We went on many field trips
We visited the  community pool for swimming every few weeks.  Of course we would go to museums and the zoo, the arboretum, farms, nature conservatories and that sort of thing. A trip to the fair got rained out and we ended up having lunch at a mall food court and seeing a movie. There was a school camping trip that I was not allowed to go on. Eventually Bob bought a bus and got his license so he could take his students on field trips personally. This allowed for more enthusiastic bus singing as there was no cranky driver harshing our vibe.

The Lock-in
We had a lock-in every year where we would sleep over at school, stay up late playing games, watching movies,  and running through the woods. I was outraged when they changed the fire safety policy. Students had been allowed to assist in starting the campfire and roast marshmallows themselves on sticks that we would then set on fire and carry through the woods for fun. the moment I was prohibited from wielding a flaming torch at school, and was given a flashlight instead, I was kind of over the lock in but it is what it is. Someone always threw up but only once did a student bite a parent volunteer on the ass. She was promptly sent home… a great injustice in our eyes.

We would put on talent shows where I would perform my original work and my brother would sing along to his hit clips… And we had big annual school wide performances at the local church where the students would put on original plays. I was taking theatre classes on the weekends and during the summer so I put myself in charge of the theatre department. The school did in fact produce plays I had written for parents. I remember spending a whole day creating my set and props with poster board and paint. It was a play about pioneers and featured a very dramatic birth scene.

The Time Our Elementary School was a High School
There was even half a year where the school was under construction so we were moved to a classroom in the nearby high school. We would arrive at school and then take a bus to the other school where we spent a great deal of time wandering the hallways serenading the high school students with our brilliant music. Bob called us the Troubadours. Good times.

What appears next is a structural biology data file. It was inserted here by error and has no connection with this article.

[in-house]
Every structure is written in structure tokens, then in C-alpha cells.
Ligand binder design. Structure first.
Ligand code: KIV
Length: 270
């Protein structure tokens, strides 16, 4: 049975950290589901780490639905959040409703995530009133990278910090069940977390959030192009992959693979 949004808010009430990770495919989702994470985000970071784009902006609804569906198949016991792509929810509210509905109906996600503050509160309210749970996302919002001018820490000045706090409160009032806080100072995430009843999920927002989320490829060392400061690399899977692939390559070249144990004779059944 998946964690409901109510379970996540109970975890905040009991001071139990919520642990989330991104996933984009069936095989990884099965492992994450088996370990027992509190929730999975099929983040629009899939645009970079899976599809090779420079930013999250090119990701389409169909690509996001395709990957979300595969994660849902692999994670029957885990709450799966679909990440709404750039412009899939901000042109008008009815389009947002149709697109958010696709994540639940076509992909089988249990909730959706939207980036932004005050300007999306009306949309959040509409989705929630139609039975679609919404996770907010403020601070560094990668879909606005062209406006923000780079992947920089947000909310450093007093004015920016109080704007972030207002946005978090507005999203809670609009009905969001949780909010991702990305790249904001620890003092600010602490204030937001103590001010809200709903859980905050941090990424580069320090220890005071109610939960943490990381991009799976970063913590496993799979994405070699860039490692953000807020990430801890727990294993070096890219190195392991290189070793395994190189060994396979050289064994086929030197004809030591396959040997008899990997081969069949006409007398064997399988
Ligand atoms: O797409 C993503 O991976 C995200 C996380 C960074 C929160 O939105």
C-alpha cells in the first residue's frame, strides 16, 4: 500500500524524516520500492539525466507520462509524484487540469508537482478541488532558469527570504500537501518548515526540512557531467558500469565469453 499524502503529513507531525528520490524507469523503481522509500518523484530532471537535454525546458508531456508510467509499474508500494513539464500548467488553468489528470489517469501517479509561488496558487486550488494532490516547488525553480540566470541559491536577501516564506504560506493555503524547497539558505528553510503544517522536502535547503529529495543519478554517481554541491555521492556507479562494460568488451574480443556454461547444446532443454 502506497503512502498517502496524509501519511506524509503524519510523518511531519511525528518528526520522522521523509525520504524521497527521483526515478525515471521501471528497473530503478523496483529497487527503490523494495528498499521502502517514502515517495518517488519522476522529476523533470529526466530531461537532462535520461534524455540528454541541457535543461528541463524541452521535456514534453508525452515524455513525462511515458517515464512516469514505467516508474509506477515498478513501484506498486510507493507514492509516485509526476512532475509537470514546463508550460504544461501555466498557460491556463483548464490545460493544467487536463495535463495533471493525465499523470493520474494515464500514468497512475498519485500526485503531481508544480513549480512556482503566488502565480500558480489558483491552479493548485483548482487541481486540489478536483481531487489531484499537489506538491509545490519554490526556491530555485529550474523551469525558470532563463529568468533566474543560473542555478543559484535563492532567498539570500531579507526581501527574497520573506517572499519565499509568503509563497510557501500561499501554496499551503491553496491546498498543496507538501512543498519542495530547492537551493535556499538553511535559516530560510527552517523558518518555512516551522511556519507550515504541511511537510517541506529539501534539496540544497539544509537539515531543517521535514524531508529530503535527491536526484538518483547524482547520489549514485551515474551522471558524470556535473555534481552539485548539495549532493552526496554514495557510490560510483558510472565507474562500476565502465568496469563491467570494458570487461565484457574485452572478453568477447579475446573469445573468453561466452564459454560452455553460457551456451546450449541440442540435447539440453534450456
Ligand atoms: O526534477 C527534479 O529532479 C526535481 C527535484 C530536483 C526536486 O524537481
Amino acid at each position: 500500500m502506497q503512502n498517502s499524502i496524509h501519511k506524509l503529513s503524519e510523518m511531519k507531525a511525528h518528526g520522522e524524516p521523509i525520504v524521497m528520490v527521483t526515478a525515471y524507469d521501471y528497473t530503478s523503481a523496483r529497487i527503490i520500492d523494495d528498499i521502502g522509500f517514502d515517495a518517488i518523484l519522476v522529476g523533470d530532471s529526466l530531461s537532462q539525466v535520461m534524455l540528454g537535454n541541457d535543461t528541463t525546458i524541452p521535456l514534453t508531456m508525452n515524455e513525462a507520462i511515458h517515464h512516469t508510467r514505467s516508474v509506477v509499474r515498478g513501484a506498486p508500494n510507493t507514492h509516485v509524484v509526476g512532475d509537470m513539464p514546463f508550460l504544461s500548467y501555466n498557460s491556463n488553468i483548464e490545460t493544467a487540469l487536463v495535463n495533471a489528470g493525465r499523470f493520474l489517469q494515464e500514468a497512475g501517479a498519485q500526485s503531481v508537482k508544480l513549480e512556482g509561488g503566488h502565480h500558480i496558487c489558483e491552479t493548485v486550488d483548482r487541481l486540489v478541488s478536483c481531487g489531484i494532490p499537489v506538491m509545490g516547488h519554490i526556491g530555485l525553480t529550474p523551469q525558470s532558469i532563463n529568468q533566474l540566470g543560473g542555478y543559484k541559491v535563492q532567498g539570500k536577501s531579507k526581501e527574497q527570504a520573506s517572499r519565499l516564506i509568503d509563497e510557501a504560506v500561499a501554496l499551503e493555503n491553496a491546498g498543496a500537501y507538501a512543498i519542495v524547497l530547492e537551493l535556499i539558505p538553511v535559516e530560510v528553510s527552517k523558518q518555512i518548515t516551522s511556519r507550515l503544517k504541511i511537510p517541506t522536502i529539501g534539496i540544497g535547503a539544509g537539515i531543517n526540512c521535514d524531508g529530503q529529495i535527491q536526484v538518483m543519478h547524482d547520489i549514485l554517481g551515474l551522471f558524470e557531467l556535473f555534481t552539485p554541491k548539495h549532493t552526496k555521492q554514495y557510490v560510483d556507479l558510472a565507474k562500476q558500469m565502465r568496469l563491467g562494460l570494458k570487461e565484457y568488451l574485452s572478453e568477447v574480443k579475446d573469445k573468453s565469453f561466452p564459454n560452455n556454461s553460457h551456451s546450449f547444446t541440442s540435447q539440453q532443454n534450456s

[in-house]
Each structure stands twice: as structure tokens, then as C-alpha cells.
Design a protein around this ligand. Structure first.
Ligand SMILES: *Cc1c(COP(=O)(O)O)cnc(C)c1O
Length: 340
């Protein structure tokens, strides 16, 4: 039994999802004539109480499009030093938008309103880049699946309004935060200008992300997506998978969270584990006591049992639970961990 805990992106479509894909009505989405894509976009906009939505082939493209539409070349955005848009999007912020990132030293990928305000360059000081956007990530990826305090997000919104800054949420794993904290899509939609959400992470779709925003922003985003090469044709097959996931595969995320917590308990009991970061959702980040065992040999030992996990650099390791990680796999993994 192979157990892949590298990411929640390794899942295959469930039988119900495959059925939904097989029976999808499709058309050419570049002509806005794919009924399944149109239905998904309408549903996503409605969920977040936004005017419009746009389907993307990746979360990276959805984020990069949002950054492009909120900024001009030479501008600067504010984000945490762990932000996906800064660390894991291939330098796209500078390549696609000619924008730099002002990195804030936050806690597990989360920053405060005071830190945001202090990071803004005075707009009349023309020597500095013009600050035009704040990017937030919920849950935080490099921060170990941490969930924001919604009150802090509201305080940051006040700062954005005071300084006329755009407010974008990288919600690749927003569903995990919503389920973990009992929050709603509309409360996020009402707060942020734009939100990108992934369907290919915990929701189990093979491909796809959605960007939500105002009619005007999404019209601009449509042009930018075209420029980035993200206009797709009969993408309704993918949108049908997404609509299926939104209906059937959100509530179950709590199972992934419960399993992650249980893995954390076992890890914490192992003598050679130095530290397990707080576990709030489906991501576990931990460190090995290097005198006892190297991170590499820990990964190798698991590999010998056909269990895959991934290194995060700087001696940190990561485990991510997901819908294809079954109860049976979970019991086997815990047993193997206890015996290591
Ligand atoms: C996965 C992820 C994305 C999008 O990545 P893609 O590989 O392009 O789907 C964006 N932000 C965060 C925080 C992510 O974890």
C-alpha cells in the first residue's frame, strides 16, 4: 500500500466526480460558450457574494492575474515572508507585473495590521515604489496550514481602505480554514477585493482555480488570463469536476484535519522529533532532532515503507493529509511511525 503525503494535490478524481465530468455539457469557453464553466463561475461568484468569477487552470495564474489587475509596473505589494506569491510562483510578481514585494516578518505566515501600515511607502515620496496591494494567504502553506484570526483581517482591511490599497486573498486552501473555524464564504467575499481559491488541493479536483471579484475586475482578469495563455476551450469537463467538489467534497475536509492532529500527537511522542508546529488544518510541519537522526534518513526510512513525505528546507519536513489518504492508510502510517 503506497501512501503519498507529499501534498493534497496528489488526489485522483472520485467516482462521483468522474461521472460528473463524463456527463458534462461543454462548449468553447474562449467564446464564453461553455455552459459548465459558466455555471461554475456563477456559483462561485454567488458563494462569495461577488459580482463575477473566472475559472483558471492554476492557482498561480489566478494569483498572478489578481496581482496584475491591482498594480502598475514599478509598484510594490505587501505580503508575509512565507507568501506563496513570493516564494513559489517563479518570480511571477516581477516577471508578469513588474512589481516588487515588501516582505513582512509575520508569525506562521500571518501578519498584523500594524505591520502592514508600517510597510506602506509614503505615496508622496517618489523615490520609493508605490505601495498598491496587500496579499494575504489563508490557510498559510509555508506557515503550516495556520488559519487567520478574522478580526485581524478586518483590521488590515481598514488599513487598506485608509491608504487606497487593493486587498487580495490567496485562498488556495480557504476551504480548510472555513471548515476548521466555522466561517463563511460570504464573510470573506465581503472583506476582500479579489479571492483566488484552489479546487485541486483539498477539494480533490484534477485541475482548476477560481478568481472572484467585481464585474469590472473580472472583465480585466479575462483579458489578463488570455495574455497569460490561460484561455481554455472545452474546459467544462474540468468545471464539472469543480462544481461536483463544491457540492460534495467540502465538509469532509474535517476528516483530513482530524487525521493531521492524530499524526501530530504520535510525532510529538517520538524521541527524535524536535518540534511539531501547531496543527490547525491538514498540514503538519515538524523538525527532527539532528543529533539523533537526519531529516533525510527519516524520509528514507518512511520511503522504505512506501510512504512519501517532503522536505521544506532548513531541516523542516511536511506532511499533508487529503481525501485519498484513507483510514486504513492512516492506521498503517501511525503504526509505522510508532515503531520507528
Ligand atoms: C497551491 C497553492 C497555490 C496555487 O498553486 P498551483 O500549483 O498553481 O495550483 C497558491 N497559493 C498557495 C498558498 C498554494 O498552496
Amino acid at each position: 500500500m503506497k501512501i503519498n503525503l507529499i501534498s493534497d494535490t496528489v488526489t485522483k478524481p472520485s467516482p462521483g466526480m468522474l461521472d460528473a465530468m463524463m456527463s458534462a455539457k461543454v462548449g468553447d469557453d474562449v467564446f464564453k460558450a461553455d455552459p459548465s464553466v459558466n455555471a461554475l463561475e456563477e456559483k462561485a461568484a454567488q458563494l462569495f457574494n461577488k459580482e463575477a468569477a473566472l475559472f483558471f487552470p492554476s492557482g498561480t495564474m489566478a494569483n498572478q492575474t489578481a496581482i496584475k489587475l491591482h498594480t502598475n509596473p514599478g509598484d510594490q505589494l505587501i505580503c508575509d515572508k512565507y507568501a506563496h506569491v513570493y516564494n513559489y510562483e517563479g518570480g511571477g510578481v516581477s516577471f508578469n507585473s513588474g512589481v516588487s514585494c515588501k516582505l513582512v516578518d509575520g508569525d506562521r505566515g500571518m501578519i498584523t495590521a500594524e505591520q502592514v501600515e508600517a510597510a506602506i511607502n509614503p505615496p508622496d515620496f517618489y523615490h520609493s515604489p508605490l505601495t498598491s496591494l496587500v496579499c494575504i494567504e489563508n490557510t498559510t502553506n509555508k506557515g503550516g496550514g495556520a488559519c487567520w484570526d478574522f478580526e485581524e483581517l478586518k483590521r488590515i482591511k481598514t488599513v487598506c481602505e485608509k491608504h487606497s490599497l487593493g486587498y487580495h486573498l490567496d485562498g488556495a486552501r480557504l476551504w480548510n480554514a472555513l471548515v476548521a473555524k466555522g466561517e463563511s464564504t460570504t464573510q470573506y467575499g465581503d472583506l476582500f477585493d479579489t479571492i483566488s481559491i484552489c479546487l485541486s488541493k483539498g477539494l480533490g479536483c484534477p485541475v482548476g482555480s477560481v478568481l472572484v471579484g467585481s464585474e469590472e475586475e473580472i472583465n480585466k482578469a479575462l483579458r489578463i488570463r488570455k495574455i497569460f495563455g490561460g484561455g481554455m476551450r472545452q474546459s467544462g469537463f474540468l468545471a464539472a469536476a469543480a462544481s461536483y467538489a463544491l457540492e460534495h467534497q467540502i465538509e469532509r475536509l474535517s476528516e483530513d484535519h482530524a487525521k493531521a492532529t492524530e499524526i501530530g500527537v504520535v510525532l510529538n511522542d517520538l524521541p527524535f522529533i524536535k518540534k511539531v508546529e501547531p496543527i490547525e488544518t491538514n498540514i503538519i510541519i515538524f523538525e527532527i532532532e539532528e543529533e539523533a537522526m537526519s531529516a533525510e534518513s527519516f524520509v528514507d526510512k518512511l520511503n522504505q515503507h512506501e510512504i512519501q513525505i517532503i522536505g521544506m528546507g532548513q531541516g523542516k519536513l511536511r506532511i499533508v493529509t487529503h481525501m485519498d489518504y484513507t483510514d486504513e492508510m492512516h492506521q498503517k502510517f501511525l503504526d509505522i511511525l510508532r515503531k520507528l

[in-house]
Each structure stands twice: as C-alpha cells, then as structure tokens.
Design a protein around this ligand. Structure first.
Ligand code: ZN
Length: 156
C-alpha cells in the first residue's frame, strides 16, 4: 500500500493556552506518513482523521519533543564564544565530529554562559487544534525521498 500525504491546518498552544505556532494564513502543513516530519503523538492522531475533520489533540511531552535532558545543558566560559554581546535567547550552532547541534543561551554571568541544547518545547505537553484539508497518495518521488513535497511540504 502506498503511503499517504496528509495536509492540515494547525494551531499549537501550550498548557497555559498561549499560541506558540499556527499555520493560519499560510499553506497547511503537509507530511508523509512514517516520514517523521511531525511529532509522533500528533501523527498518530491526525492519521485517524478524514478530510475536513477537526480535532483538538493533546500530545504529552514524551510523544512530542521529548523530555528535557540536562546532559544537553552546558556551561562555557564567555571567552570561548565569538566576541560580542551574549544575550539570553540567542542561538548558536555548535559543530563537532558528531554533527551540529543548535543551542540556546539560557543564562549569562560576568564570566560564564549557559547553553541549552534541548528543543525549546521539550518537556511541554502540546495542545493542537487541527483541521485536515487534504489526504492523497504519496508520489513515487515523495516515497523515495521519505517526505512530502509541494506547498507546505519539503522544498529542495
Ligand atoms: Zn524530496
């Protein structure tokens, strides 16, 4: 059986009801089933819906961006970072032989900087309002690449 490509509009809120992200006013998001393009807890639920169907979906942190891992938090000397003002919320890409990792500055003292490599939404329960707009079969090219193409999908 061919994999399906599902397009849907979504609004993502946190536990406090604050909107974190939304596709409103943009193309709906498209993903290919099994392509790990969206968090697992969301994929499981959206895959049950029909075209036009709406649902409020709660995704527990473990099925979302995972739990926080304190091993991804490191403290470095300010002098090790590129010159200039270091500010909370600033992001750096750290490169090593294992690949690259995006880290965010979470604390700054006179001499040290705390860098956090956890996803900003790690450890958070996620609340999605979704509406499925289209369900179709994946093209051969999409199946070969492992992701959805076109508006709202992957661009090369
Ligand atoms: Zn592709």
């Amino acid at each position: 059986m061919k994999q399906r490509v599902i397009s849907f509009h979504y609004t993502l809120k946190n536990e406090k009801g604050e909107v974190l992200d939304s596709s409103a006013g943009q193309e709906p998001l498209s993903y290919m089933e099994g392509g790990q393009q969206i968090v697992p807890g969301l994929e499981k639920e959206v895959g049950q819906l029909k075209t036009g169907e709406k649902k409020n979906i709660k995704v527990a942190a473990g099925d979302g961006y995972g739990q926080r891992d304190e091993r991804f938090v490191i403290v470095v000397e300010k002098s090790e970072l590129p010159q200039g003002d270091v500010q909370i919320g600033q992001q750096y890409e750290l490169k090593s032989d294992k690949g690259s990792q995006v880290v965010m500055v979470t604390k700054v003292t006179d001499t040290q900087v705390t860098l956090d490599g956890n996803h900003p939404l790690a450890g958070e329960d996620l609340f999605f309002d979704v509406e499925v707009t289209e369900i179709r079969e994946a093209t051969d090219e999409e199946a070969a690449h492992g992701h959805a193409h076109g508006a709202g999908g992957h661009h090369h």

There was also all the animal stuff I intend to write about…

The education I received was potentially questionable. Letting students choose what they wanted to do during the course of the day doesn’t necessarily help them develop a well rounded skillset. Letting students assign their own homework means no homework ever. I spent most of my school days writing. I invented languages, created songs, wrote poetry, and crafted incredibly long stories using no capitalization or punctuation whatsoever… because I did not see the point and nobody told me I was wrong. I spent little time on math or science.

On the other hand we were definitely encouraged to express our creativity. I obviously went on to study theatre so I think it had a pretty profound impact on me. One of my poems was on display in the hallway, I was never told that inventing a language was a waste of classroom time, and if I wanted to spend the day building a shrinking machine out of garden pots and string then I could gosh dang it! As long as I summarized my experience in an essay afterwards. I’m pretty grateful for the experience I had there because I think they, for me, achieved what many schools fail to achieve, and that’s instilling in students a lifelong love of learning and the ability to think independently. I also had a hell of a time switching back to public school…